The Serpentine Sackler Gallery gives new life to The Magazine, a former 1805 gunpowder store, located seven minutes’ walk from the Serpentine Gallery on the north side of the Serpentine Bridge. With 900 square metres of gallery, restaurant and social space, the Serpentine’s second space in Kensington Gardens is a new cultural destination in the heart of London.
The new Gallery is named after Dr Mortimer and Dame Theresa Sackler, whose Foundation has made the project possible through the largest single gift received by the Serpentine Gallery in its 43-year history. Major funding has also been awarded by Bloomberg Philanthropies. Bloomberg is a long term supporter of the Serpentine as well as sponsor of the inaugural exhibition by Adrian Villar Rojas.
In 2010 the Serpentine Gallery won the tender from The Royal Parks to bring the Grade II* listed Magazine building into public use for the first time in its 208-year history. The Serpentine Gallery has restored the building to an excellent standard, in partnership with The Royal Parks, renovating and extending it to designs by Zaha Hadid Architects. A light and transparent extension complements rather than competes with the neo-classical architecture of the original building. It is Zaha Hadid Architects’ first permanent structure in central London and continues a relationship which began with the inaugural Serpentine Gallery Pavilion Commission in 2000. The landscape around the new building will be designed and planted by the world-renowned landscape designer Arabella Lennox-Boyd.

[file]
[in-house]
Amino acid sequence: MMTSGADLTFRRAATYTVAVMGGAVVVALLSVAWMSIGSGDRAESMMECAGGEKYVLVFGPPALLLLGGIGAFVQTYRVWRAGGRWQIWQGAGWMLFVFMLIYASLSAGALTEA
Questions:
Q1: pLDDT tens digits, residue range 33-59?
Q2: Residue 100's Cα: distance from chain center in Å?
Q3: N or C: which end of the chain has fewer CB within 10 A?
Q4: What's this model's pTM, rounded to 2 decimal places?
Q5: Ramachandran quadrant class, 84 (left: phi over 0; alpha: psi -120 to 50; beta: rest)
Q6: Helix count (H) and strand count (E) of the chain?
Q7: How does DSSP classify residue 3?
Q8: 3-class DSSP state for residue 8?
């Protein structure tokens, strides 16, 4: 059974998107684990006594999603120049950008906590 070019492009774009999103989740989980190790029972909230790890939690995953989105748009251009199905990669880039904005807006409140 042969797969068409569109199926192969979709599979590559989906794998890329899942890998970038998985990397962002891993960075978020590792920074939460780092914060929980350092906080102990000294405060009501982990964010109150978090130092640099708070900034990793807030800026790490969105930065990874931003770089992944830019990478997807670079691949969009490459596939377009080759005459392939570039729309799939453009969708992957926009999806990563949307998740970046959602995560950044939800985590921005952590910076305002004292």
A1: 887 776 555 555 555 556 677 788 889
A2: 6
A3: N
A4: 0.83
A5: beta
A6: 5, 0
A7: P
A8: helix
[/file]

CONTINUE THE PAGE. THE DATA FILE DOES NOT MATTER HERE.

Responding to its unique location in The Royal Park of Kensington Gardens, an expanded programme of eight exhibitions will now follow the seasons with different shows in each Gallery four times a year. The seasonal theme carries through to the wider programme with the Pavilion Commission signalling the start of London’s summer and the multi-disciplinary Marathon, a fixture of Frieze week in the autumn. The Serpentine’s programme of outdoor sculpture with The Royal Parks continues with Fischli/Weiss’s monumental Rock on Top of Another Rock.
The Bridge Commission is an audio series launched to coincide with the opening of the new space. It explores the route between the two Galleries with a series of texts by twelve internationally acclaimed writers. Each story is timed to last as long as it takes to walk from the Serpentine Gallery to the Serpentine Sackler Gallery. The Serpentine’s expanded presence in Kensington Gardens is illustrated by a specially commissioned map by the artist Michael Craig-Martin.
From Munition Depot to 21st Century Exhibition Space
The Magazine, built in 1805, was designed as a munitions store for the safe-keeping of gunpowder during the Napoleonic wars. Since then it has been at the turning point of over two hundred years of London’s history: the city’s recreation grounds and royal gardens, a landscape for military parades, home to the Crystal Palace of the Great Exhibition of 1851, site for patriotic celebration as well as revolutionary anger. Improved by Decimus Burton in the 1820s, the building stands in front of the Serpentine Bridge, designed by John Rennie and completed between 1825-28.